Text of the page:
Featured Project: Virtual reality to help refugees settle in the UK by Ploy Bunluesilp

Today we are celebrating the work of Ploy Bunluesilp, one of our recent graduates from Digital Media and Interaction Design.  For one of her year 4 project’s Ploy created a virtual reality project to help refugees settle in the UK.  She has written the article below to explain a little more about the project and how she is continuing to develop it after graduation.

“I wish I had this VR to help me when I first arrived in UK,” said one of the refugee users after trying the VR project that designed to help refugees and asylum seekers to settle in their new country by using virtual reality (VR).

The project was designed for the Visual Effects Storytelling module that using virtual reality, Unreal Engine (UE) and photogrammetry to see the potential of the technology on how it could help to create realistic world, storytelling and educate the users in enjoyable way.


Figure 1: The picture frame was created by photogrammetry.

The users can interact and listen to a story that introduces the characters and teaches the user how to register at a GP surgery and learn all the necessary information that will help them to prepare to start a new life in the UK.


Figure 2: The user has to follow the numerical order of handprints to hear the story. 


Figure 3: User is putting the book away.

In this project, the users play part of Amal who was a refugee that just arrived in the country and was put in the temporary council flat where she felt lonely and had no friends. Then her new magical friend Hope appeared to guide her through how to integrate with the new culture and what she needed to do to launch her new life.


Figure 4: When Hope appeared, the room went from being grey to being brighter. 

The project was formulated based on interviews with few refugees from Syria, Iraq and Thailand as well as secondary research which applied the technique from the Design Thinking module to understand the journey of refuges and their problems.

After understanding their problems, the first prototype was designed using the narrative of own innovative story based on the primary and secondary research.

The users had to follow the numbered handprints and instructions from the voice over to navigate the space and to learn the story of Amal with the help of Hope to connect with the world. When Hope appeared to the room, the room was turned from dull to brighter room. The users had to pick up all the necessary document and register them at the GP.  The goal is to give them hope and reassurance and enable them to navigate their new life.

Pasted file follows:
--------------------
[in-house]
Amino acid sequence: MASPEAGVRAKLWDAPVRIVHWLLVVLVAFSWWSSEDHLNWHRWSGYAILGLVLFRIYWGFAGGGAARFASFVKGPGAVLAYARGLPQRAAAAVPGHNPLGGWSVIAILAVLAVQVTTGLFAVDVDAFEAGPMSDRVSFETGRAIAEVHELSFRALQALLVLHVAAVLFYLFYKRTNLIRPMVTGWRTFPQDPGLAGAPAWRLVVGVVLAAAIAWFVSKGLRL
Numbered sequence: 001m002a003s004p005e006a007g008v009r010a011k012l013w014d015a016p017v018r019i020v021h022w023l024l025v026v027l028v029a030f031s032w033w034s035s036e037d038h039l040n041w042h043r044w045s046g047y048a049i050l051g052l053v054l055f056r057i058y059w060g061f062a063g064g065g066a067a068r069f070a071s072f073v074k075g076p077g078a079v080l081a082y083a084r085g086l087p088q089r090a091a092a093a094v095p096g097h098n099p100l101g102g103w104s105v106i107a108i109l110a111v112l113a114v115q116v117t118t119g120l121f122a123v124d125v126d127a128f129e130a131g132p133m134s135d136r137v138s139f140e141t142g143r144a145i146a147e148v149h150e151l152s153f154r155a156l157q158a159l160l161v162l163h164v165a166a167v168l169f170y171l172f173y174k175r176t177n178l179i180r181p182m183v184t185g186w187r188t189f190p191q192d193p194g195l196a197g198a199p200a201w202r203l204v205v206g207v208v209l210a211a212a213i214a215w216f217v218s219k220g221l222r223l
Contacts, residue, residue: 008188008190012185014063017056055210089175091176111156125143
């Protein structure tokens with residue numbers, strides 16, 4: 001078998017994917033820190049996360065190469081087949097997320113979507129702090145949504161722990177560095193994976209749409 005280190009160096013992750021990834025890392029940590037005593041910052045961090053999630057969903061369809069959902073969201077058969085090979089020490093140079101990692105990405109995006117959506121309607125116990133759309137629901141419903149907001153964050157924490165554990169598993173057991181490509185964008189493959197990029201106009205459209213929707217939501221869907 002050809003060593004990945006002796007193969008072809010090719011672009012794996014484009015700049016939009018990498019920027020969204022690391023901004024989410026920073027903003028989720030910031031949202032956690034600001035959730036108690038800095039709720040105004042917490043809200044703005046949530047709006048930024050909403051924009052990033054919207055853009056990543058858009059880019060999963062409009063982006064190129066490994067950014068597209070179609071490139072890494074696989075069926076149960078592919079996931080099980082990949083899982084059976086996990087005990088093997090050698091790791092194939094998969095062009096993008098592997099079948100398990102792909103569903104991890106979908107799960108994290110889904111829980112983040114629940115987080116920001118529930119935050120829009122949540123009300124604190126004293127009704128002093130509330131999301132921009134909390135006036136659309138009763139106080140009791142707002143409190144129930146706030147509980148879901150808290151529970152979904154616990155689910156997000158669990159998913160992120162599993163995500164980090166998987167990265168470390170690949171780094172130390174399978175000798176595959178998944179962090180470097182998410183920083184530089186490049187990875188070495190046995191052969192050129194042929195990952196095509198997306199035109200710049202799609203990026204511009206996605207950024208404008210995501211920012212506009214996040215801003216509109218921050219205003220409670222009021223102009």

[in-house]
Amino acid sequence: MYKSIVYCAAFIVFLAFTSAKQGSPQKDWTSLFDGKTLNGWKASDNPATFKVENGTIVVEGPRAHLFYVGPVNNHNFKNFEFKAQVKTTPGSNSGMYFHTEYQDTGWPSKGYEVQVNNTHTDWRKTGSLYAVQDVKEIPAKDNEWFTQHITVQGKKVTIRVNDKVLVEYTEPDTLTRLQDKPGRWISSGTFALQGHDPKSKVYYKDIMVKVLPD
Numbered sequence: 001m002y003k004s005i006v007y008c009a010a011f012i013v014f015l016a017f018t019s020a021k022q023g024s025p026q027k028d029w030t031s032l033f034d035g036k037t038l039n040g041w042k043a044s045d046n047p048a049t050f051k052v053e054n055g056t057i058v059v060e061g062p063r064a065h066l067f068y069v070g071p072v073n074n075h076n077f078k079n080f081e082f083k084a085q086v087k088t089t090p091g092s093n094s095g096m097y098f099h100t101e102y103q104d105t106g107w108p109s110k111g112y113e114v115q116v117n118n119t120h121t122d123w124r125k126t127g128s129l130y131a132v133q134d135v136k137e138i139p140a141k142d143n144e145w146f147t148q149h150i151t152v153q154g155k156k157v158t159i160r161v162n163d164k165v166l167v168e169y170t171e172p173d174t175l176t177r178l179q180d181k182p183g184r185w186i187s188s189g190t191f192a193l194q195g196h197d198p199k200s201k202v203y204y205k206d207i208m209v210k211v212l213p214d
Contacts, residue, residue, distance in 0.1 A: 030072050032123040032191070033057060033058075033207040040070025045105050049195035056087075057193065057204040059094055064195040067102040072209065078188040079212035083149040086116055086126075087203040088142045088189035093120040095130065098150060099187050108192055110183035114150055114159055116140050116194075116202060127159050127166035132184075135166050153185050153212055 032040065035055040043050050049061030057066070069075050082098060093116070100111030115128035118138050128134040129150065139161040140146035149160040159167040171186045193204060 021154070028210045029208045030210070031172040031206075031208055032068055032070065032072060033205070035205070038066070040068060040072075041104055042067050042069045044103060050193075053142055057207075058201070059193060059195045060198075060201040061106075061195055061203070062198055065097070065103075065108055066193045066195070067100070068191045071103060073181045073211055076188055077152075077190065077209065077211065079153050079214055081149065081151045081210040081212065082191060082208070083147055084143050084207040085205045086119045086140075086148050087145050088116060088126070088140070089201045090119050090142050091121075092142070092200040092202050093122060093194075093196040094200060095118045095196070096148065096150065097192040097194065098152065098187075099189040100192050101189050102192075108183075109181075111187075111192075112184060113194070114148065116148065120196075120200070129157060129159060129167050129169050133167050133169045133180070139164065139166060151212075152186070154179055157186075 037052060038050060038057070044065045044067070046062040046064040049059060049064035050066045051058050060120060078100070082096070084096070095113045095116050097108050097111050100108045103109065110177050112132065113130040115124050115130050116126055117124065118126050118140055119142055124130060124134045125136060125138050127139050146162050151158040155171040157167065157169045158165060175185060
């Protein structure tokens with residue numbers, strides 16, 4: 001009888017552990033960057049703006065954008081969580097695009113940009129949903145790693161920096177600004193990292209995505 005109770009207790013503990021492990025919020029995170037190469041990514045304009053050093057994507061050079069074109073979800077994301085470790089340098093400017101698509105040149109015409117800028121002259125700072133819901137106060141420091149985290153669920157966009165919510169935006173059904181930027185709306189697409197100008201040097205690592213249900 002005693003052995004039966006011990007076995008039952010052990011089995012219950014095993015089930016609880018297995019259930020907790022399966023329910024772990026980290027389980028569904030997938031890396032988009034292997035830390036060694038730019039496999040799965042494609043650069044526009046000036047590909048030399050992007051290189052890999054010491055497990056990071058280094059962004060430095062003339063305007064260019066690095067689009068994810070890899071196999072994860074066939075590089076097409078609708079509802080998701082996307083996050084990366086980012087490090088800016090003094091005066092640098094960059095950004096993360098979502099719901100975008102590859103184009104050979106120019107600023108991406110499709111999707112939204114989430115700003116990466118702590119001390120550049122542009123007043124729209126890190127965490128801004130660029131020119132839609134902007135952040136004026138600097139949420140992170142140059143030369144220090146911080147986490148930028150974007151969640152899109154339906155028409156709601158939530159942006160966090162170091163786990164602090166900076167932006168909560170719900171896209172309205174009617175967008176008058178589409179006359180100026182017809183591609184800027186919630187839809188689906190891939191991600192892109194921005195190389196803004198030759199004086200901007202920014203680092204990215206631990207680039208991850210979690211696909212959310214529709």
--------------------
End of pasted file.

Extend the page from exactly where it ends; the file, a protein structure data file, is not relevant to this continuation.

Figure 5: User picked up the document that needed to submit to GP.


Figure 6: Interior of the room


Figure 7: Exterior of the Medical Centre


Figure 8: The user was using teleportation mechanism to travel the world

The first prototype was tested by the users and received well feedback that could see the potential that it would help the refugees and asylum seekers to feel more confidence. This VR education training allowed them to learn by doing, make mistake and gave them more chances to learn what the right way to do it.

“There is always stress when you forget something… But a great aspect is to have this safe space to explore and get more comfortable with the situation you’ll have to go through in real life,” said another refugee user.

After the first prototype has been tested, the second version was created to improve on different aspects to make the project looks and feel more immersive.

In the future, more episodes would be created to help the refugees to be familiar with different scenarios.

Figure 9: The computer screen showing different scenario that plan to create in the future.

On November 22, 2022, the project was shown at the Wealth of Nations Conference in Glasgow where businesses, community organisations and civic society in Scotland are supporting a Wellbeing Economy.  Some of the Refugee charities that attended the conference have been showing their interests on the project and would like it to be used to the refugees that just registered with them. The project will be continued developing as it has potential to make the world a better place.

Many thanks to Ploy for sharing her project . The Visual Effects Storytelling Module is run by John Morrison and Dr. John McGowan.

Playful Progress

You can check out what our year 2 students have been making on the Playful Interaction instagram – https://www.instagram.com/playfulinteractionenu/

They are given a challenge each week to create a response to a “Playful Provocation” using the Arduinos and the skills they are learning  – can’t wait to see how they incorporate these into their final projects!

Thanks to Suzi Cathro and the student on the year 2 Playful Interaction module for sharing this work.

New Signs for Animation

We are excited to share with you “New signs for animation”  a short animated film, created to raise awareness of the issue surrounding the availability of Animation/Games terminology for sign language users – both locally and abroad. The team, led by lecturer Jon Mortimer, consisted of two recent ENU graduates and four deaf artists, and was supported with funding from ENU’s Public engagement fund.  It helps  to highlight the struggle students from the deaf community encounter trying to pursue a career in the animation or games sectors, due to a gap in available language.